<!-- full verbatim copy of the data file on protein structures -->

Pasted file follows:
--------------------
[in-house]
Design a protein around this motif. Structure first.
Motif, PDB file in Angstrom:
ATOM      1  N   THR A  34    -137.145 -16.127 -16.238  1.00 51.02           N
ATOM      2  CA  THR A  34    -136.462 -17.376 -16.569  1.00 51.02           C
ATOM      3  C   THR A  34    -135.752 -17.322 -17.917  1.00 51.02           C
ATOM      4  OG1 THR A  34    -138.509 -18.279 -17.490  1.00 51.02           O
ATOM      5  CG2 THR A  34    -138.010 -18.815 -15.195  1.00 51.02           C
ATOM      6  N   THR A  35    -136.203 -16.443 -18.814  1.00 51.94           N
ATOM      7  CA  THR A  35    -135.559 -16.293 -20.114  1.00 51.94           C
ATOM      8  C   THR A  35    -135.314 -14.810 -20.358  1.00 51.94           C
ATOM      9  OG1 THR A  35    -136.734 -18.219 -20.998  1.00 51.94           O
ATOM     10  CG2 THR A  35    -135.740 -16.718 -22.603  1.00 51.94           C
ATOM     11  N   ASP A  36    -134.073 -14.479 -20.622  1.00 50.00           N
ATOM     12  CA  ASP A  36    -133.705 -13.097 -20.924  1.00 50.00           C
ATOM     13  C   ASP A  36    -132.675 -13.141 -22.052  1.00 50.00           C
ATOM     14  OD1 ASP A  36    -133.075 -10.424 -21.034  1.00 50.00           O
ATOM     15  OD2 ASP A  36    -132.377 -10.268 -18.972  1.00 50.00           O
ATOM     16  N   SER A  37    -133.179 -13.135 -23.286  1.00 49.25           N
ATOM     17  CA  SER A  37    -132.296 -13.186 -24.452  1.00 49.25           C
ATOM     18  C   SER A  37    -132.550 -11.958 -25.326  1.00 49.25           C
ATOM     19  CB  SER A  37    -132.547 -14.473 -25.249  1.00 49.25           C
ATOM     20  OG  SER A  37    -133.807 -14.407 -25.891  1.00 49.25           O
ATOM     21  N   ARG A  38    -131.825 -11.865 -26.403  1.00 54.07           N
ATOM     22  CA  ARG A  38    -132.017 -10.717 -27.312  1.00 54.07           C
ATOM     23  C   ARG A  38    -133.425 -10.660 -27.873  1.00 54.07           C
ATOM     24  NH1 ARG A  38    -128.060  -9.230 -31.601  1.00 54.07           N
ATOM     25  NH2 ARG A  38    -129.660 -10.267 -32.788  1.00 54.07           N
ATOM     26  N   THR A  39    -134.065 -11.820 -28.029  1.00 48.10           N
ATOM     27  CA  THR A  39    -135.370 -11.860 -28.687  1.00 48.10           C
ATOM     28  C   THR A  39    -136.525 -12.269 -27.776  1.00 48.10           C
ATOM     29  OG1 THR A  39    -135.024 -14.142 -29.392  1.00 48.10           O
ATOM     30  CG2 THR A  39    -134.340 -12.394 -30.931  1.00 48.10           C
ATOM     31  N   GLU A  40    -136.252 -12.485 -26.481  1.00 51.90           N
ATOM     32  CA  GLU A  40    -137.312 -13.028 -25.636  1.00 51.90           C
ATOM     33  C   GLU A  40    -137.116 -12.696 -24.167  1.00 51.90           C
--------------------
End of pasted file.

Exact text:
[in-house]
Design a protein around this motif. Structure first.
Motif, PDB file in Angstrom:
ATOM      1  N   THR A  34    -137.145 -16.127 -16.238  1.00 51.02           N
ATOM      2  CA  THR A  34    -136.462 -17.376 -16.569  1.00 51.02           C
ATOM      3  C   THR A  34    -135.752 -17.322 -17.917  1.00 51.02           C
ATOM      4  OG1 THR A  34    -138.509 -18.279 -17.490  1.00 51.02           O
ATOM      5  CG2 THR A  34    -138.010 -18.815 -15.195  1.00 51.02           C
ATOM      6  N   THR A  35    -136.203 -16.443 -18.814  1.00 51.94           N
ATOM      7  CA  THR A  35    -135.559 -16.293 -20.114  1.00 51.94           C
ATOM      8  C   THR A  35    -135.314 -14.810 -20.358  1.00 51.94           C
ATOM      9  OG1 THR A  35    -136.734 -18.219 -20.998  1.00 51.94           O
ATOM     10  CG2 THR A  35    -135.740 -16.718 -22.603  1.00 51.94           C
ATOM     11  N   ASP A  36    -134.073 -14.479 -20.622  1.00 50.00           N
ATOM     12  CA  ASP A  36    -133.705 -13.097 -20.924  1.00 50.00           C
ATOM     13  C   ASP A  36    -132.675 -13.141 -22.052  1.00 50.00           C
ATOM     14  OD1 ASP A  36    -133.075 -10.424 -21.034  1.00 50.00           O
ATOM     15  OD2 ASP A  36    -132.377 -10.268 -18.972  1.00 50.00           O
ATOM     16  N   SER A  37    -133.179 -13.135 -23.286  1.00 49.25           N
ATOM     17  CA  SER A  37    -132.296 -13.186 -24.452  1.00 49.25           C
ATOM     18  C   SER A  37    -132.550 -11.958 -25.326  1.00 49.25           C
ATOM     19  CB  SER A  37    -132.547 -14.473 -25.249  1.00 49.25           C
ATOM     20  OG  SER A  37    -133.807 -14.407 -25.891  1.00 49.25           O
ATOM     21  N   ARG A  38    -131.825 -11.865 -26.403  1.00 54.07           N
ATOM     22  CA  ARG A  38    -132.017 -10.717 -27.312  1.00 54.07           C
ATOM     23  C   ARG A  38    -133.425 -10.660 -27.873  1.00 54.07           C
ATOM     24  NH1 ARG A  38    -128.060  -9.230 -31.601  1.00 54.07           N
ATOM     25  NH2 ARG A  38    -129.660 -10.267 -32.788  1.00 54.07           N
ATOM     26  N   THR A  39    -134.065 -11.820 -28.029  1.00 48.10           N
ATOM     27  CA  THR A  39    -135.370 -11.860 -28.687  1.00 48.10           C
ATOM     28  C   THR A  39    -136.525 -12.269 -27.776  1.00 48.10           C
ATOM     29  OG1 THR A  39    -135.024 -14.142 -29.392  1.00 48.10           O
ATOM     30  CG2 THR A  39    -134.340 -12.394 -30.931  1.00 48.10           C
ATOM     31  N   GLU A  40    -136.252 -12.485 -26.481  1.00 51.90           N
ATOM     32  CA  GLU A  40    -137.312 -13.028 -25.636  1.00 51.90           C
ATOM     33  C   GLU A  40    -137.116 -12.696 -24.167  1.00 51.90           C